http://northern-district-times.whereilive.com.au/news/story/visual-screen-felled-by-heavy-handed-city-rail-loppers-at-beecroft/

http://northern-district-times.whereilive.com.au/news/story/railcorp-workers-put-the-green-screen-back/

Lawrence Pope, the president of the Victorian Advocates for Animals wrote a fantastic letter to the Bendigo Advertiser about Grey-headed flying-foxes that I would love to post in full. Unfortunately copyright prevents me from doing so, but I sincerely hope that any readers who dislike bats, are afraid of them or have concerns about their presence around Sydney of late take the time to read this letter. It’s not a long letter as Mr Pope has the skill of writing succinctly.

The following are snippets: Grey-headed flying foxes are struggling to survive right down Australia’s east coast & now inland. Many are seriously underweight from lack of food.  This land is their home & has been for the past 2 million years. Being fair dinkum about conservation sometimes means putting the serious interests of other species ahead of your own less-serious ones….”  & “….species that has declined by more than 95%  in the past century & is listed as vulnerable to extinction.”

http://www.bendigoadvertiser.com.au/news/opinion/letters/general/flying-foxes-pose-little-health-risk-to-humans/1878011.aspx

The Department of Environment & Resources reports that nearly 400 tonnes of seed has been dropped from planes on 5,000 hectares of exposed lakebed & more than 1.1 million native sedges have been planted on exposed lakebeds in South Australia by volunteers. On top of this, volunteers are also planting 130,000 shrub & tree seedlings on shorelines & wetlands in the Lower Murray River areas.  I am always impressed & heartened about our future when volunteers come together like this. http://www.landscapes.sa.gov.au/lsmain.jsp?xcid=187

Lastly, I missed Saving Our Tree’s birthday.  We were 1 year old on 16 June 2010.  Isn’t that lovely.  A very big thanks from me to everyone who has supported SoT by reading this blog, sending submissions & for all your ideas & words of encouragement. Don’t know what to say except the trees & the urban wildlife have hooked me & I couldn’t imagine not doing this.

Once I woke up to balloons on my bedroom ceiling

1.        Environmental groups plan to protest to stop National Parks in NSW being developed for tourism by private development consortiums TOMORROW 2nd June 2010 outside Parliament House, Macquarie Street Sydney at 12 noon . The web-site of the Colong Foundation goes into the issue of development of National Parks in detail. http://www.colongwilderness.org.au/tourism/Stop_exploitation_of_national_parks.htm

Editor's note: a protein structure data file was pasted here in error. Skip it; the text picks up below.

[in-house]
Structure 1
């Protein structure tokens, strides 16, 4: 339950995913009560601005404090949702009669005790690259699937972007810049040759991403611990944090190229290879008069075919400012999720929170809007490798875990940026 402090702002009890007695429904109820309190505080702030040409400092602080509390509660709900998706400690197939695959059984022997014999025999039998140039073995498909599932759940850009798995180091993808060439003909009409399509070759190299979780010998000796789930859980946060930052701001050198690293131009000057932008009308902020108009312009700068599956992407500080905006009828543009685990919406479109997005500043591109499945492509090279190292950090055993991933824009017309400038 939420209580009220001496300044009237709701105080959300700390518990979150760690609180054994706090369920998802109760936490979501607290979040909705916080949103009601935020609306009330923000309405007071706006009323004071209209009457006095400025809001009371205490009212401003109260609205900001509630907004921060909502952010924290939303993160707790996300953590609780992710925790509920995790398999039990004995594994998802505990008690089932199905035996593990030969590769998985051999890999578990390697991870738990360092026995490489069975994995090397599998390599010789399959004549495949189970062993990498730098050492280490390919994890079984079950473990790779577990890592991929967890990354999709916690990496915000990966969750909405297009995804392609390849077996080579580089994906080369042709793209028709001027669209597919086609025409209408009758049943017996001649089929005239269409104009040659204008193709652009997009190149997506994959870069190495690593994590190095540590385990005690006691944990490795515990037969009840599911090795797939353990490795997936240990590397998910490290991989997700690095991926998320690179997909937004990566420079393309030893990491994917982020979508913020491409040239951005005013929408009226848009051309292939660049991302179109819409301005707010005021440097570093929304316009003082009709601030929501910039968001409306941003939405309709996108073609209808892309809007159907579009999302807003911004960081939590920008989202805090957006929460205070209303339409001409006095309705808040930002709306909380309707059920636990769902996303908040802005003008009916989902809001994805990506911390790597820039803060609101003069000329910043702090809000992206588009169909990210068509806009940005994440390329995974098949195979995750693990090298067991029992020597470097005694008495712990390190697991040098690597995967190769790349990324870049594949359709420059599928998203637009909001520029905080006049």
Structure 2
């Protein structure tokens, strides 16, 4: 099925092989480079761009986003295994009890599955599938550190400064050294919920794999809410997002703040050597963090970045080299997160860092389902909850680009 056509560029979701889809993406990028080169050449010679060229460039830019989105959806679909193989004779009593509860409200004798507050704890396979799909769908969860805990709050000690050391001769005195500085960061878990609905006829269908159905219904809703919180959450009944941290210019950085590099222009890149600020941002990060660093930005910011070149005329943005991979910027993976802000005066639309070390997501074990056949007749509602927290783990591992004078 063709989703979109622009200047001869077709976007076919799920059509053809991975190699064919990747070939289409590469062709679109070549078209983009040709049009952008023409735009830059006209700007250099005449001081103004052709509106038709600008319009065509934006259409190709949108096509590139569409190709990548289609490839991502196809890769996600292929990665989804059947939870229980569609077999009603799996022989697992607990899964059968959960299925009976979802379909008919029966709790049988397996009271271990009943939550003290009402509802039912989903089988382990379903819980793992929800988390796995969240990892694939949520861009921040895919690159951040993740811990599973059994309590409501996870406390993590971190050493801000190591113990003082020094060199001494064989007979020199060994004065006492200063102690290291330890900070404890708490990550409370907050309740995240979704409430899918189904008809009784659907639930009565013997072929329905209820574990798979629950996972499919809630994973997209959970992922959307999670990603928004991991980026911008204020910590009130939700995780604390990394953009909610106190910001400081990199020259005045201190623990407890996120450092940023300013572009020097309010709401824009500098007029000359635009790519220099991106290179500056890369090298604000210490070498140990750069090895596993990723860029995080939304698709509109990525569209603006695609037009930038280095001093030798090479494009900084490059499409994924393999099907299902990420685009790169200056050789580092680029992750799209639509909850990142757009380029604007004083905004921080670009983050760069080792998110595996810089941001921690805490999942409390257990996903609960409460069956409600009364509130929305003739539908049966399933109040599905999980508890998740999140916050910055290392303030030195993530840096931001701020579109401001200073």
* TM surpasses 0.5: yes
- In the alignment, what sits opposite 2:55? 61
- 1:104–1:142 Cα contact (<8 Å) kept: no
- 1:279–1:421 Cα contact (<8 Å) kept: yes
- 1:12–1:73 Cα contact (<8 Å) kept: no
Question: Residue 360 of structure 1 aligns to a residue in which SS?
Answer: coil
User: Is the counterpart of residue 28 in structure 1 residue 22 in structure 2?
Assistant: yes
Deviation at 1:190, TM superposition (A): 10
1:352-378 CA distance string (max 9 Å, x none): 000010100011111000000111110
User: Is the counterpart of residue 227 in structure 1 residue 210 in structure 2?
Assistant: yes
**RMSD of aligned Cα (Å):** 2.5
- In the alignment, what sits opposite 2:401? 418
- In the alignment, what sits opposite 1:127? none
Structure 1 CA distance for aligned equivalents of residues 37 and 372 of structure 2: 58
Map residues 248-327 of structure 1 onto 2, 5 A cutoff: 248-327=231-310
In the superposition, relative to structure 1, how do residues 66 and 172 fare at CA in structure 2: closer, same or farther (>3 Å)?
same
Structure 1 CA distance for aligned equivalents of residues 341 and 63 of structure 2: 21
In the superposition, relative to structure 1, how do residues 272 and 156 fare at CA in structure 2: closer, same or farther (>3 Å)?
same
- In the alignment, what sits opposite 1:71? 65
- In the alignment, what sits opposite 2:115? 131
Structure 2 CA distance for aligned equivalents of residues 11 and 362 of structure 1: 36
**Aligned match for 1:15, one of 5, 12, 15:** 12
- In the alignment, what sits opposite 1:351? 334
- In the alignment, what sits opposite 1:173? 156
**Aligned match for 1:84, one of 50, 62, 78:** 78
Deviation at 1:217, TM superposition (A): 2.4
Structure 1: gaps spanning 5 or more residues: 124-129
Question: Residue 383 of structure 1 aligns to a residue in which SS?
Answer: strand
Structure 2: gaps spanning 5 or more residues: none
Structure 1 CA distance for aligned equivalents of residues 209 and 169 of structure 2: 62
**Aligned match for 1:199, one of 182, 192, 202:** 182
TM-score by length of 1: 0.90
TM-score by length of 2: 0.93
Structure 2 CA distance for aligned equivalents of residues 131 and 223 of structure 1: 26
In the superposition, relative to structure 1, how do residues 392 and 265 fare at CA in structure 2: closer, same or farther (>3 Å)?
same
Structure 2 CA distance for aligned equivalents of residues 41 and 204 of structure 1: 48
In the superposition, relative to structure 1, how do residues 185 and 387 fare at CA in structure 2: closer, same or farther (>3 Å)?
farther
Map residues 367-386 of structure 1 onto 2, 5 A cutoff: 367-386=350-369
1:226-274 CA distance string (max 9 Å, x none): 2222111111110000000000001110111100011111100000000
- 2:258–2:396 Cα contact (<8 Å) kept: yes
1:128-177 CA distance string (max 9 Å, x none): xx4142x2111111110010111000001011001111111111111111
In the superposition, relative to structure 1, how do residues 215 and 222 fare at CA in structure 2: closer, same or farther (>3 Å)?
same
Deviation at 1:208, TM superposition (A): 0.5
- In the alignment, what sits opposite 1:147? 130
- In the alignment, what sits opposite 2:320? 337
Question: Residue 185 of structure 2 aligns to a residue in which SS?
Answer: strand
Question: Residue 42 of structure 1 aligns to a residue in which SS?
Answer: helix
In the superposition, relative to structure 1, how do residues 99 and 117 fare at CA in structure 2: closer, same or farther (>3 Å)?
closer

2.        East Sydney residents are protesting against the RTAs plans to drop the creation of a garden at the corner of Bourke & Stanley streets around the Eastern Distributor chimneystack & instead, rezone the land for residential units. http://sydney-central.whereilive.com.au/news/story/east-sydney-locals-fuming-with-rta/

3.        The Sydney Botanical Gardens Trust have been given the go-ahead from the Federal Environment Department to use noise dispersal & water spraying to remove the grey-headed flying foxes, a threatened species, from the Gardens.  Respected conservation groups were against the proposal to remove the bats from the gardens.  For background see  https://savingourtrees.wordpress.com/2010/03/24/sydney’s-royal-botanic-gardens-trust-wants-‘threatened-species’-bats-banished/

http://sydney-central.whereilive.com.au/news/story/sydney-botanic-gardens-bats-will-be-harmed-by-removal-conservationists/

http://sydney-central.whereilive.com.au/news/story/bats-to-get-ear-bashing-at-sydney-botanic-gardens/

http://www.australiangeographic.com.au/journal/syndeys-bats-to-get-the-boot.htm

4.         Vandals destroyed more than 40 mature trees in Patterson Lakes & Moorabbin in May 2010.  The trees were planted to replace other trees vandalized 18 months previously. http://moorabbin-kingston-leader.whereilive.com.au/news/story/trees-butchered-in-outrageous-attack-at-patterson-lakes-moorabbin/?utm_source=twitterfeed&utm_medium=twitter

5.        I’ve previously posted about the battle by the community who are against a DA for a new Woolworths supermarket at Newport. To date Pittwater Council has received 1,353 submissions from the community, most against the DA.  The community fears that local shopping strips will be lost when the Woolworths giant moves in. There is a similar concern with the proposed Marrickville Metro development. http://manly-daily.whereilive.com.au/news/story/room-for-improvement-woolies/

6.        More than 100 people attended a protest at the ADI site mid May 2010 including State Opposition Environment Spokeswoman Catherine Cusack, Liberal candidate for Londonderry Bart Bassett, Penrith Mayor Kevin Crameri, Councillor Ross Fowler & a representative of Lindsay Federal Labor MP David Bradbury. The community is trying to save 100 hectares of critically endangered Cumberland Plains woodland.  Interestingly, the news headline is – ‘There is still time to put things right.’ http://cumberland-courier.whereilive.com.au/news/story/there-s-still-time-to-put-things-right-at-adi-site/

Pansies & Marigolds in an island bed on Botany Road - far better than cement

The 1535 hectare site is to be developed by Delfin Lend Lease to create a new suburb – Jordan Springs.  It is one of the few green belts left in Western Sydney & is home to 110 bird species, 10 reptiles, 9 mammals, 8 frog species, 3 of them endangered & many plant species, including 4 rare ones.